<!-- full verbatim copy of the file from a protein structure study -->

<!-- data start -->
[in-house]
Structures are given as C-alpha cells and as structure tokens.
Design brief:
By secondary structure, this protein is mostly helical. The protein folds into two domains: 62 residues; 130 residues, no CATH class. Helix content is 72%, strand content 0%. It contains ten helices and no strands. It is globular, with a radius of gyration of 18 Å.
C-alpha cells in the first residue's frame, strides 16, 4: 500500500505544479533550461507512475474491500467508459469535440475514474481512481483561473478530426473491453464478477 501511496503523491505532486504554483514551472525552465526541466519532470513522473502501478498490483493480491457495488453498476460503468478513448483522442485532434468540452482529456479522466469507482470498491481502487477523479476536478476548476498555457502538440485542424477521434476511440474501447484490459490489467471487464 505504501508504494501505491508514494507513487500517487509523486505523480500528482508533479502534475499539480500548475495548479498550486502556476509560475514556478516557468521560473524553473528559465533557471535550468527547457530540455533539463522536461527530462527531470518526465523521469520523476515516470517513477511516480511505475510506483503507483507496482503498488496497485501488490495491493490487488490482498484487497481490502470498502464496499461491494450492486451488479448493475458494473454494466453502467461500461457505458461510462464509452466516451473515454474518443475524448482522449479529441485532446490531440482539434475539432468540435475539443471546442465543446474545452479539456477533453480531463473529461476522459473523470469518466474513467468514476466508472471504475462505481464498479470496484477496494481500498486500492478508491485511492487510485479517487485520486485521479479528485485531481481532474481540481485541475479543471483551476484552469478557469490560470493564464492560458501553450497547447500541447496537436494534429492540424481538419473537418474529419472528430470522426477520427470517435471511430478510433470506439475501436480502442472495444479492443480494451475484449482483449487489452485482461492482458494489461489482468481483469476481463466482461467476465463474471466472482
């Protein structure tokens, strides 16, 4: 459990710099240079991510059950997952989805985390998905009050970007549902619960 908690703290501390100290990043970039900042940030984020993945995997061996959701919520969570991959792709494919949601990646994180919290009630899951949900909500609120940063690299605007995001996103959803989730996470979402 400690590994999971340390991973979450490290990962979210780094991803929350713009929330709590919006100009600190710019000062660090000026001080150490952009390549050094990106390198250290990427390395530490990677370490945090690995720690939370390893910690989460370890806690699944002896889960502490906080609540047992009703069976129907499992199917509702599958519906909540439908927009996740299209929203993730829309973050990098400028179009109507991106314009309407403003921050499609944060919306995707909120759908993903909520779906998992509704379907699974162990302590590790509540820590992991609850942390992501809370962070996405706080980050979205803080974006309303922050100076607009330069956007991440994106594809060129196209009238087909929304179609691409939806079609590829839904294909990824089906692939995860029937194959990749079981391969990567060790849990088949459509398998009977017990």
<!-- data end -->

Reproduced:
[in-house]
Structures are given as C-alpha cells and as structure tokens.
Design brief:
By secondary structure, this protein is mostly helical. The protein folds into two domains: 62 residues; 130 residues, no CATH class. Helix content is 72%, strand content 0%. It contains ten helices and no strands. It is globular, with a radius of gyration of 18 Å.
C-alpha cells in the first residue's frame, strides 16, 4: 500500500505544479533550461507512475474491500467508459469535440475514474481512481483561473478530426473491453464478477 501511496503523491505532486504554483514551472525552465526541466519532470513522473502501478498490483493480491457495488453498476460503468478513448483522442485532434468540452482529456479522466469507482470498491481502487477523479476536478476548476498555457502538440485542424477521434476511440474501447484490459490489467471487464 505504501508504494501505491508514494507513487500517487509523486505523480500528482508533479502534475499539480500548475495548479498550486502556476509560475514556478516557468521560473524553473528559465533557471535550468527547457530540455533539463522536461527530462527531470518526465523521469520523476515516470517513477511516480511505475510506483503507483507496482503498488496497485501488490495491493490487488490482498484487497481490502470498502464496499461491494450492486451488479448493475458494473454494466453502467461500461457505458461510462464509452466516451473515454474518443475524448482522449479529441485532446490531440482539434475539432468540435475539443471546442465543446474545452479539456477533453480531463473529461476522459473523470469518466474513467468514476466508472471504475462505481464498479470496484477496494481500498486500492478508491485511492487510485479517487485520486485521479479528485485531481481532474481540481485541475479543471483551476484552469478557469490560470493564464492560458501553450497547447500541447496537436494534429492540424481538419473537418474529419472528430470522426477520427470517435471511430478510433470506439475501436480502442472495444479492443480494451475484449482483449487489452485482461492482458494489461489482468481483469476481463466482461467476465463474471466472482
């Protein structure tokens, strides 16, 4: 459990710099240079991510059950997952989805985390998905009050970007549902619960 908690703290501390100290990043970039900042940030984020993945995997061996959701919520969570991959792709494919949601990646994180919290009630899951949900909500609120940063690299605007995001996103959803989730996470979402 400690590994999971340390991973979450490290990962979210780094991803929350713009929330709590919006100009600190710019000062660090000026001080150490952009390549050094990106390198250290990427390395530490990677370490945090690995720690939370390893910690989460370890806690699944002896889960502490906080609540047992009703069976129907499992199917509702599958519906909540439908927009996740299209929203993730829309973050990098400028179009109507991106314009309407403003921050499609944060919306995707909120759908993903909520779906998992509704379907699974162990302590590790509540820590992991609850942390992501809370962070996405706080980050979205803080974006309303922050100076607009330069956007991440994106594809060129196209009238087909929304179609691409939806079609590829839904294909990824089906692939995860029937194959990749079981391969990567060790849990088949459509398998009977017990």